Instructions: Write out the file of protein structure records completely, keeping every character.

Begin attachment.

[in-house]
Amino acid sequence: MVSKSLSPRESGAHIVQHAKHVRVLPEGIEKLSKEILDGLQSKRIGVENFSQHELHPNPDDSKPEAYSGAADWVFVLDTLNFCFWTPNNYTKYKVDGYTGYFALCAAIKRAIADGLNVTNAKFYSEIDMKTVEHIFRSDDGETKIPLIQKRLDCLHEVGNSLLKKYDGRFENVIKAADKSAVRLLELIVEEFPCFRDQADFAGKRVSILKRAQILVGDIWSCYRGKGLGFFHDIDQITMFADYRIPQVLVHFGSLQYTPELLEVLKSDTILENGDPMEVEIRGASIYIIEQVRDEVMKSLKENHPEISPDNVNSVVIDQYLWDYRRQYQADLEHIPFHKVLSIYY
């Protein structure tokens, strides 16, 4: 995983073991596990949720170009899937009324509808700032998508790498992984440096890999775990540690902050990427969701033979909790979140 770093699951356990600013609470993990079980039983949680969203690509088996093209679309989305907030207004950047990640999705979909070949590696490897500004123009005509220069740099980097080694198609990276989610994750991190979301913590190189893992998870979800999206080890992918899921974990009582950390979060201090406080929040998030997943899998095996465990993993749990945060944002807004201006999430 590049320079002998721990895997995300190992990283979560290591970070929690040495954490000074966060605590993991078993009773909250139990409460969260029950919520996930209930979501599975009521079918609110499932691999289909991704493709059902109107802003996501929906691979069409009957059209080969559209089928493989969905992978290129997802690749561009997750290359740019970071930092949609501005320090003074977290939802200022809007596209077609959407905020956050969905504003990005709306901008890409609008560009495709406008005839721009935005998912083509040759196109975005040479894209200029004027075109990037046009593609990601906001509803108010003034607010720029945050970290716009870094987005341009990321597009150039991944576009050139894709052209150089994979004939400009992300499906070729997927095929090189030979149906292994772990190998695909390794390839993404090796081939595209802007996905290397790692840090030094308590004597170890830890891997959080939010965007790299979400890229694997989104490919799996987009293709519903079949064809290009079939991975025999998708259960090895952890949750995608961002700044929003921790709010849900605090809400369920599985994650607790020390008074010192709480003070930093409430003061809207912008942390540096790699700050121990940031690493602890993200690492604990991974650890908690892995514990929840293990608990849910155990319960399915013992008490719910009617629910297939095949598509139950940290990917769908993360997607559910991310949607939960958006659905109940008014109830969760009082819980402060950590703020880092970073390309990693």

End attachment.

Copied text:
[in-house]
Amino acid sequence: MVSKSLSPRESGAHIVQHAKHVRVLPEGIEKLSKEILDGLQSKRIGVENFSQHELHPNPDDSKPEAYSGAADWVFVLDTLNFCFWTPNNYTKYKVDGYTGYFALCAAIKRAIADGLNVTNAKFYSEIDMKTVEHIFRSDDGETKIPLIQKRLDCLHEVGNSLLKKYDGRFENVIKAADKSAVRLLELIVEEFPCFRDQADFAGKRVSILKRAQILVGDIWSCYRGKGLGFFHDIDQITMFADYRIPQVLVHFGSLQYTPELLEVLKSDTILENGDPMEVEIRGASIYIIEQVRDEVMKSLKENHPEISPDNVNSVVIDQYLWDYRRQYQADLEHIPFHKVLSIYY
């Protein structure tokens, strides 16, 4: 995983073991596990949720170009899937009324509808700032998508790498992984440096890999775990540690902050990427969701033979909790979140 770093699951356990600013609470993990079980039983949680969203690509088996093209679309989305907030207004950047990640999705979909070949590696490897500004123009005509220069740099980097080694198609990276989610994750991190979301913590190189893992998870979800999206080890992918899921974990009582950390979060201090406080929040998030997943899998095996465990993993749990945060944002807004201006999430 590049320079002998721990895997995300190992990283979560290591970070929690040495954490000074966060605590993991078993009773909250139990409460969260029950919520996930209930979501599975009521079918609110499932691999289909991704493709059902109107802003996501929906691979069409009957059209080969559209089928493989969905992978290129997802690749561009997750290359740019970071930092949609501005320090003074977290939802200022809007596209077609959407905020956050969905504003990005709306901008890409609008560009495709406008005839721009935005998912083509040759196109975005040479894209200029004027075109990037046009593609990601906001509803108010003034607010720029945050970290716009870094987005341009990321597009150039991944576009050139894709052209150089994979004939400009992300499906070729997927095929090189030979149906292994772990190998695909390794390839993404090796081939595209802007996905290397790692840090030094308590004597170890830890891997959080939010965007790299979400890229694997989104490919799996987009293709519903079949064809290009079939991975025999998708259960090895952890949750995608961002700044929003921790709010849900605090809400369920599985994650607790020390008074010192709480003070930093409430003061809207912008942390540096790699700050121990940031690493602890993200690492604990991974650890908690892995514990929840293990608990849910155990319960399915013992008490719910009617629910297939095949598509139950940290990917769908993360997607559910991310949607939960958006659905109940008014109830969760009082819980402060950590703020880092970073390309990693």